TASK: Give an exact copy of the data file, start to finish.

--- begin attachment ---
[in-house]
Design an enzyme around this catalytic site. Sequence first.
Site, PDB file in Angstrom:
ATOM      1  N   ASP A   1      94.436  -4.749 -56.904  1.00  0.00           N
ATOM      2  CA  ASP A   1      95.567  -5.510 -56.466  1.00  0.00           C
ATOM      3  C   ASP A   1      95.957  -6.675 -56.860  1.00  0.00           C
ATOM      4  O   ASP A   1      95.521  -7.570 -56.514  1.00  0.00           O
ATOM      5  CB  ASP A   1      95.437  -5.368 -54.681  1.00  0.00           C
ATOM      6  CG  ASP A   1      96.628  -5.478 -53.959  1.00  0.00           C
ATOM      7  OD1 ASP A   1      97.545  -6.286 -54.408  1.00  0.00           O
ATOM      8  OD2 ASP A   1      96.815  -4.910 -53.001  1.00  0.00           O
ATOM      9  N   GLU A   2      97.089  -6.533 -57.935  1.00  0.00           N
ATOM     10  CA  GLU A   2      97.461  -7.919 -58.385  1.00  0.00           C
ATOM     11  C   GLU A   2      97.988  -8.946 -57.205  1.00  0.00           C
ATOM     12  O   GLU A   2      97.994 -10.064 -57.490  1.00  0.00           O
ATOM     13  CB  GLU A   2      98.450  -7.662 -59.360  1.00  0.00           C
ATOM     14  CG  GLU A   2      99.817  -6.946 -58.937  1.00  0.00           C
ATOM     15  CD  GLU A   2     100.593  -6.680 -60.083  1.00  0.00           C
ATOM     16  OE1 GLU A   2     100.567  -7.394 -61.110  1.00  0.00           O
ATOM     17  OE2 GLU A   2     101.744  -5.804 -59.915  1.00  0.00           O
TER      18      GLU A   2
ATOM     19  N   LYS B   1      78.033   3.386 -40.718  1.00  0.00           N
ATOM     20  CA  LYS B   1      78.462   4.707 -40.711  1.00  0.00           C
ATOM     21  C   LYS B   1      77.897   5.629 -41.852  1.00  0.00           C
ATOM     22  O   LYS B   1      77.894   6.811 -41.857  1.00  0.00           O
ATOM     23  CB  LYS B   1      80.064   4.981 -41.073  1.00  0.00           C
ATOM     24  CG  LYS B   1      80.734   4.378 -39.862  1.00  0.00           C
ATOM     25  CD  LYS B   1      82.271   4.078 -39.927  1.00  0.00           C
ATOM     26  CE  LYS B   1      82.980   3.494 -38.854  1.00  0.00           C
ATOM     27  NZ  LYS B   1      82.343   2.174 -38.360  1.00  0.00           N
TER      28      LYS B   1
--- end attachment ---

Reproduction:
[in-house]
Design an enzyme around this catalytic site. Sequence first.
Site, PDB file in Angstrom:
ATOM      1  N   ASP A   1      94.436  -4.749 -56.904  1.00  0.00           N
ATOM      2  CA  ASP A   1      95.567  -5.510 -56.466  1.00  0.00           C
ATOM      3  C   ASP A   1      95.957  -6.675 -56.860  1.00  0.00           C
ATOM      4  O   ASP A   1      95.521  -7.570 -56.514  1.00  0.00           O
ATOM      5  CB  ASP A   1      95.437  -5.368 -54.681  1.00  0.00           C
ATOM      6  CG  ASP A   1      96.628  -5.478 -53.959  1.00  0.00           C
ATOM      7  OD1 ASP A   1      97.545  -6.286 -54.408  1.00  0.00           O
ATOM      8  OD2 ASP A   1      96.815  -4.910 -53.001  1.00  0.00           O
ATOM      9  N   GLU A   2      97.089  -6.533 -57.935  1.00  0.00           N
ATOM     10  CA  GLU A   2      97.461  -7.919 -58.385  1.00  0.00           C
ATOM     11  C   GLU A   2      97.988  -8.946 -57.205  1.00  0.00           C
ATOM     12  O   GLU A   2      97.994 -10.064 -57.490  1.00  0.00           O
ATOM     13  CB  GLU A   2      98.450  -7.662 -59.360  1.00  0.00           C
ATOM     14  CG  GLU A   2      99.817  -6.946 -58.937  1.00  0.00           C
ATOM     15  CD  GLU A   2     100.593  -6.680 -60.083  1.00  0.00           C
ATOM     16  OE1 GLU A   2     100.567  -7.394 -61.110  1.00  0.00           O
ATOM     17  OE2 GLU A   2     101.744  -5.804 -59.915  1.00  0.00           O
TER      18      GLU A   2
ATOM     19  N   LYS B   1      78.033   3.386 -40.718  1.00  0.00           N
ATOM     20  CA  LYS B   1      78.462   4.707 -40.711  1.00  0.00           C
ATOM     21  C   LYS B   1      77.897   5.629 -41.852  1.00  0.00           C
ATOM     22  O   LYS B   1      77.894   6.811 -41.857  1.00  0.00           O
ATOM     23  CB  LYS B   1      80.064   4.981 -41.073  1.00  0.00           C
ATOM     24  CG  LYS B   1      80.734   4.378 -39.862  1.00  0.00           C
ATOM     25  CD  LYS B   1      82.271   4.078 -39.927  1.00  0.00           C
ATOM     26  CE  LYS B   1      82.980   3.494 -38.854  1.00  0.00           C
ATOM     27  NZ  LYS B   1      82.343   2.174 -38.360  1.00  0.00           N
TER      28      LYS B   1